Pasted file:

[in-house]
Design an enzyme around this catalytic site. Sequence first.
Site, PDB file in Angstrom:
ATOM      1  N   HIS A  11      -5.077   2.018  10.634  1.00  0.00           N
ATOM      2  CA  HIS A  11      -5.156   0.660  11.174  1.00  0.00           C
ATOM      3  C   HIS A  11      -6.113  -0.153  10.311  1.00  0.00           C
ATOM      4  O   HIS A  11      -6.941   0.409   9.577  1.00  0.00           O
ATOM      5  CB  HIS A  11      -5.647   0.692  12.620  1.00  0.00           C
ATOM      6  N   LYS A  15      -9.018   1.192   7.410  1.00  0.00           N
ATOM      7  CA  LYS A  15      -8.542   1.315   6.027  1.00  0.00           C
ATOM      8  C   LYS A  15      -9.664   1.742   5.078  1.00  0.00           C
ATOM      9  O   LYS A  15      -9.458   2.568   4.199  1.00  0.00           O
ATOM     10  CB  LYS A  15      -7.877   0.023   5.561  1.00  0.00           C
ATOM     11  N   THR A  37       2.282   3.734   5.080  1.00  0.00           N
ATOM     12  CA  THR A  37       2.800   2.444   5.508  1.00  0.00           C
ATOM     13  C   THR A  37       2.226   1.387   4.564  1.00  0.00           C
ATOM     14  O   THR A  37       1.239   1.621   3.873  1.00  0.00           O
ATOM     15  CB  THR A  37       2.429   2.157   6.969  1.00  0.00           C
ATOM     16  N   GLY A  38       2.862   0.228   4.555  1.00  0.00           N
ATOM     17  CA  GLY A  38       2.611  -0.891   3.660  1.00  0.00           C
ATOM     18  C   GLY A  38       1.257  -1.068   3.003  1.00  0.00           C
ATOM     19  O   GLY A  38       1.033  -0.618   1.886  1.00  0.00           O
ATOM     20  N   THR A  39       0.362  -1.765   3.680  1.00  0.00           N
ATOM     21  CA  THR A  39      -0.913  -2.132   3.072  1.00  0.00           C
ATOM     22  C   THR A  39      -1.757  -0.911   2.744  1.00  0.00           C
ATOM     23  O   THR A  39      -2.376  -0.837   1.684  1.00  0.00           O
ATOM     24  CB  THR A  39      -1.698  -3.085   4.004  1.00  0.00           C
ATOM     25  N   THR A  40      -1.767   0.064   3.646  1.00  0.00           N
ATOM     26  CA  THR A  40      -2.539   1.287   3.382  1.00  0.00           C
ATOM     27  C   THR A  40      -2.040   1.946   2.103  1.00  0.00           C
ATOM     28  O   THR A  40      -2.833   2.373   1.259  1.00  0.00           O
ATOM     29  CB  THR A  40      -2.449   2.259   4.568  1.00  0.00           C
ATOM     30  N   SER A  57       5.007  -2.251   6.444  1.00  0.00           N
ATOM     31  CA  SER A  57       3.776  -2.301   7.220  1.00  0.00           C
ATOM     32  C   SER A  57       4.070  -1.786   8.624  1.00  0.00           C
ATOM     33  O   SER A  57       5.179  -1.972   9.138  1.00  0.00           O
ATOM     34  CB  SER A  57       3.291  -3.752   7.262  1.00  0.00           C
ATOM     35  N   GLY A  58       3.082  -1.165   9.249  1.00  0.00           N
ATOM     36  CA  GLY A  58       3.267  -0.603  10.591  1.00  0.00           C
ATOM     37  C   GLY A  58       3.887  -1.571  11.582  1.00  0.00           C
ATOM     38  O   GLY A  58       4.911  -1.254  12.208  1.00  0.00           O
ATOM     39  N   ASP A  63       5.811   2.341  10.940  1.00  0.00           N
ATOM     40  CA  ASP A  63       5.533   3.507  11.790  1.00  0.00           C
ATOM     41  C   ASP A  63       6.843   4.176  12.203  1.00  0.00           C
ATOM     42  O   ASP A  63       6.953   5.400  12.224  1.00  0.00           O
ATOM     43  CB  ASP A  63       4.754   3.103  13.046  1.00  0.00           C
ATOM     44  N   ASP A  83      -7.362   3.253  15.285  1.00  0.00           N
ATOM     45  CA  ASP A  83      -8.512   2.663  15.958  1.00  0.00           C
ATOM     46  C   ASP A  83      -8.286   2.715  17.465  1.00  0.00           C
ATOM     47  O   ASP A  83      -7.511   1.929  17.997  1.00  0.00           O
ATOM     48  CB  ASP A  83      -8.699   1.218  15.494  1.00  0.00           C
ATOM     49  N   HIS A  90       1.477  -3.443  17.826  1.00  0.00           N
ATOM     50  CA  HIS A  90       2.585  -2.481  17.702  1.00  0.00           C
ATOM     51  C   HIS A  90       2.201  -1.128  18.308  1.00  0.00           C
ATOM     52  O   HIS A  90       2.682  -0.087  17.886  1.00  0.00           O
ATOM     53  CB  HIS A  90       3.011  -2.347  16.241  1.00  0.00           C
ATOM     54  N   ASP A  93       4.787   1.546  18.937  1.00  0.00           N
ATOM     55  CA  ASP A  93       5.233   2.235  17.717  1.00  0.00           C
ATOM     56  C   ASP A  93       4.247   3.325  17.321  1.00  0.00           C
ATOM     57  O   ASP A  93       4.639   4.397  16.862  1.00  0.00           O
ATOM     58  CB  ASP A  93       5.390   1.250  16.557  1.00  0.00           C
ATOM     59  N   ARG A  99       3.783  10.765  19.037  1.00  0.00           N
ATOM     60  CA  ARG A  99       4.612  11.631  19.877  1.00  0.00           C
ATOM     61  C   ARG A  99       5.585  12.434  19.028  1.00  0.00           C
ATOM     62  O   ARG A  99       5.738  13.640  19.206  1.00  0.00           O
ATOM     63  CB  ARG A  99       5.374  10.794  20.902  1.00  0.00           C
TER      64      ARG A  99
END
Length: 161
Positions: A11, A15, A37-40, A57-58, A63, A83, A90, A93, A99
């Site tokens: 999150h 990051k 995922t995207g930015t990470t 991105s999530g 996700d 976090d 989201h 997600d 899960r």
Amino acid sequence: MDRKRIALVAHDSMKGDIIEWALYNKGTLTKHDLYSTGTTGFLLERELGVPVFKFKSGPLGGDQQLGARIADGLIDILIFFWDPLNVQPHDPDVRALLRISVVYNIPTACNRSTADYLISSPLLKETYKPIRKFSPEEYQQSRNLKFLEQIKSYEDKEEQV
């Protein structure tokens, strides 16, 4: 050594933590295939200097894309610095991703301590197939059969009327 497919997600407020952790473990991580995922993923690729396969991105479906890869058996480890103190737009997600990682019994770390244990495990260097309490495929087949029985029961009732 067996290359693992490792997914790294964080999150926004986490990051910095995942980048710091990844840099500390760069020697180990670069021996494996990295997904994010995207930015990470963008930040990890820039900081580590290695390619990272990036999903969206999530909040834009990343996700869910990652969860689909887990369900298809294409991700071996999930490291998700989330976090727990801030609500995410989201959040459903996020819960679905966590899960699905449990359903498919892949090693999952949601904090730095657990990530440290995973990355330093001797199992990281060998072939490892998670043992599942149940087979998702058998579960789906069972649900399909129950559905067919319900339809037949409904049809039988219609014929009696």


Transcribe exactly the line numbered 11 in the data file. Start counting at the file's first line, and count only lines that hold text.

ATOM      8  C   LYS A  15      -9.664   1.742   5.078  1.00  0.00           C